FDA News

FDA gives fast-track designation to Takeda’s Zika vaccine candidate

The FDA has granted fast-track status to Takeda’s Zika virus vaccine candidate, the company announced today in a news release.

The designation is meant to facilitate the development and expedite the review of drugs to treat serious conditions and fill an unmet medical need, according to the FDA.

Takeda said the inactivated vaccine candidate TAK-426 is currently being evaluated in a phase 1 trial in the continental United States and U.S. territories.

Laurence De Moerlooze, PhD, Takeda’s global program lead for Zika, noted the importance of receiving financial support from HHS’s Biomedical Advanced Research and Development Authority (BARDA). In September, Sanofi Pasteur canceled work on a similar vaccine after BARDA pulled funding for the project.

“With fast-track designation, the ongoing support of BARDA and the abilities of our organization, we are confident that we will continue to make expedient progress,” De Moerlooze said in the release. “We look forward to continuing to work closely with the FDA and BARDA, as well as other health authorities across the world, on the development of this important vaccine candidate.”

Vaccines can take a decade or longer to develop, but there has been a push to get one on the market quickly for Zika, which can cause serious birth defects like microcephaly in babies born to mothers who were infected during pregnancy. Last year, WHO said a vaccine may not be available until 2020.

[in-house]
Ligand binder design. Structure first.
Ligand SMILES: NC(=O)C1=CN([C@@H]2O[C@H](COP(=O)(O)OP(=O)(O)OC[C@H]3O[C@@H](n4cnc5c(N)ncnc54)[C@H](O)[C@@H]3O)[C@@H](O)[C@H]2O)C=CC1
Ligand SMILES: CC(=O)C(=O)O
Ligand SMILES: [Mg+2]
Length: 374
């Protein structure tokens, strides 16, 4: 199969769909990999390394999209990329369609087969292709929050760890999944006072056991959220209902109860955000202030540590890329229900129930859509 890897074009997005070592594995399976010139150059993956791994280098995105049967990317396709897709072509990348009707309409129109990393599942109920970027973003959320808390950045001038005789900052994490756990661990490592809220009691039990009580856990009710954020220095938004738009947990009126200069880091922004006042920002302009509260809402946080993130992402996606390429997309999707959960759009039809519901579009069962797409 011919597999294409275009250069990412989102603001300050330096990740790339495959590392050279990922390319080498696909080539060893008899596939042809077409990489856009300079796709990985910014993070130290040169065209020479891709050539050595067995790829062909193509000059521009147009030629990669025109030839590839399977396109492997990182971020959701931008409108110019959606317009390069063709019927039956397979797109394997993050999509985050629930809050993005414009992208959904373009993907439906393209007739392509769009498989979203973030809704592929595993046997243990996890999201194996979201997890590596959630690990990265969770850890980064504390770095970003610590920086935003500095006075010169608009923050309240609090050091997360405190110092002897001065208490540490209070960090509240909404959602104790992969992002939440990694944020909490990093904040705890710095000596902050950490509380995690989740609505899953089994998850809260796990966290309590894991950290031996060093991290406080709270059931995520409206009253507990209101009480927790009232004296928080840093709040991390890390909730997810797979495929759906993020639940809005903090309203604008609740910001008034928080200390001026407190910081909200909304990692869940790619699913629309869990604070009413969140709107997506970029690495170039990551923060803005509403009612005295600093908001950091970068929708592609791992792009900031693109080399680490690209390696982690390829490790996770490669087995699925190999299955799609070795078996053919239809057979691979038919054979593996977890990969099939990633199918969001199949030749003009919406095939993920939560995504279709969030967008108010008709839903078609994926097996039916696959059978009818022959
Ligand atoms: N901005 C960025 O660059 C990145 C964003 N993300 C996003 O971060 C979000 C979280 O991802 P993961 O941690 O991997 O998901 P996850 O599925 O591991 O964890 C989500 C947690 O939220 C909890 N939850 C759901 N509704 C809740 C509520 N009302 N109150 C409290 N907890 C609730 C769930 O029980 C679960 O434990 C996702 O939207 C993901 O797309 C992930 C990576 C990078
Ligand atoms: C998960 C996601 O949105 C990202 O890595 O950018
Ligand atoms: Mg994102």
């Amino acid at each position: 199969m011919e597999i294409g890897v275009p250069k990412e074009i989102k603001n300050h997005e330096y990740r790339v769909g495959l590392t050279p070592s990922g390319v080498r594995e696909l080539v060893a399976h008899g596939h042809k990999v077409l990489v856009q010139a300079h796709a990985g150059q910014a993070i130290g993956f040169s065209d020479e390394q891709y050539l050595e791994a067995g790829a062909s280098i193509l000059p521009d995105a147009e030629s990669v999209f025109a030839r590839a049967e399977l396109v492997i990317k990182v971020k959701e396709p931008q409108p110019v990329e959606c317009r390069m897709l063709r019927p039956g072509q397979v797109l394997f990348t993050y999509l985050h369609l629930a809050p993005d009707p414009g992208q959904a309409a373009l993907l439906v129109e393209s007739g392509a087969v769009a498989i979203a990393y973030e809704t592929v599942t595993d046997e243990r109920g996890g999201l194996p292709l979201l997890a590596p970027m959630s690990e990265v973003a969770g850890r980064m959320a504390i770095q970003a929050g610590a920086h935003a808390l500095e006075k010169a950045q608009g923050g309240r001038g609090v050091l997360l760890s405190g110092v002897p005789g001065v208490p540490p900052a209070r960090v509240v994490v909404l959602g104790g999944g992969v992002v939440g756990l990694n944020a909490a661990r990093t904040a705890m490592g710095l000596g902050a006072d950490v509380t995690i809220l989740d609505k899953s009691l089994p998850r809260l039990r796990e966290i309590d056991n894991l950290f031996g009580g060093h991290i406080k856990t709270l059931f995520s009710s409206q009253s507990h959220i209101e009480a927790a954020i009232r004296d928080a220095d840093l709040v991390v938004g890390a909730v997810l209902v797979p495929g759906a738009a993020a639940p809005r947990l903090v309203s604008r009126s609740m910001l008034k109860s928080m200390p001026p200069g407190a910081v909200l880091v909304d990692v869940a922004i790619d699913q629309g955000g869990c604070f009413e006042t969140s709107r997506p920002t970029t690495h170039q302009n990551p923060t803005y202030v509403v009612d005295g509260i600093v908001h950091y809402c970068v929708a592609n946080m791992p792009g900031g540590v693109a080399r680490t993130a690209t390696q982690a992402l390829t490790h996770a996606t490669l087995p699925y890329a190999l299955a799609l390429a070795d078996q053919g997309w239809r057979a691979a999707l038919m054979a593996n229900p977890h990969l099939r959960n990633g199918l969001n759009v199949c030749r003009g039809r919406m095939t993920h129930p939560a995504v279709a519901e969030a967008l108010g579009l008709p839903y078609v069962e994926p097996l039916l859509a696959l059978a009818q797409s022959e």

Disclosures: De Moerlooze works for Takeda.

The FDA has granted fast-track status to Takeda’s Zika virus vaccine candidate, the company announced today in a news release.

The designation is meant to facilitate the development and expedite the review of drugs to treat serious conditions and fill an unmet medical need, according to the FDA.

Takeda said the inactivated vaccine candidate TAK-426 is currently being evaluated in a phase 1 trial in the continental United States and U.S. territories.

Laurence De Moerlooze, PhD, Takeda’s global program lead for Zika, noted the importance of receiving financial support from HHS’s Biomedical Advanced Research and Development Authority (BARDA). In September, Sanofi Pasteur canceled work on a similar vaccine after BARDA pulled funding for the project.

“With fast-track designation, the ongoing support of BARDA and the abilities of our organization, we are confident that we will continue to make expedient progress,” De Moerlooze said in the release. “We look forward to continuing to work closely with the FDA and BARDA, as well as other health authorities across the world, on the development of this important vaccine candidate.”

Vaccines can take a decade or longer to develop, but there has been a push to get one on the market quickly for Zika, which can cause serious birth defects like microcephaly in babies born to mothers who were infected during pregnancy. Last year, WHO said a vaccine may not be available until 2020.

Disclosures: De Moerlooze works for Takeda.

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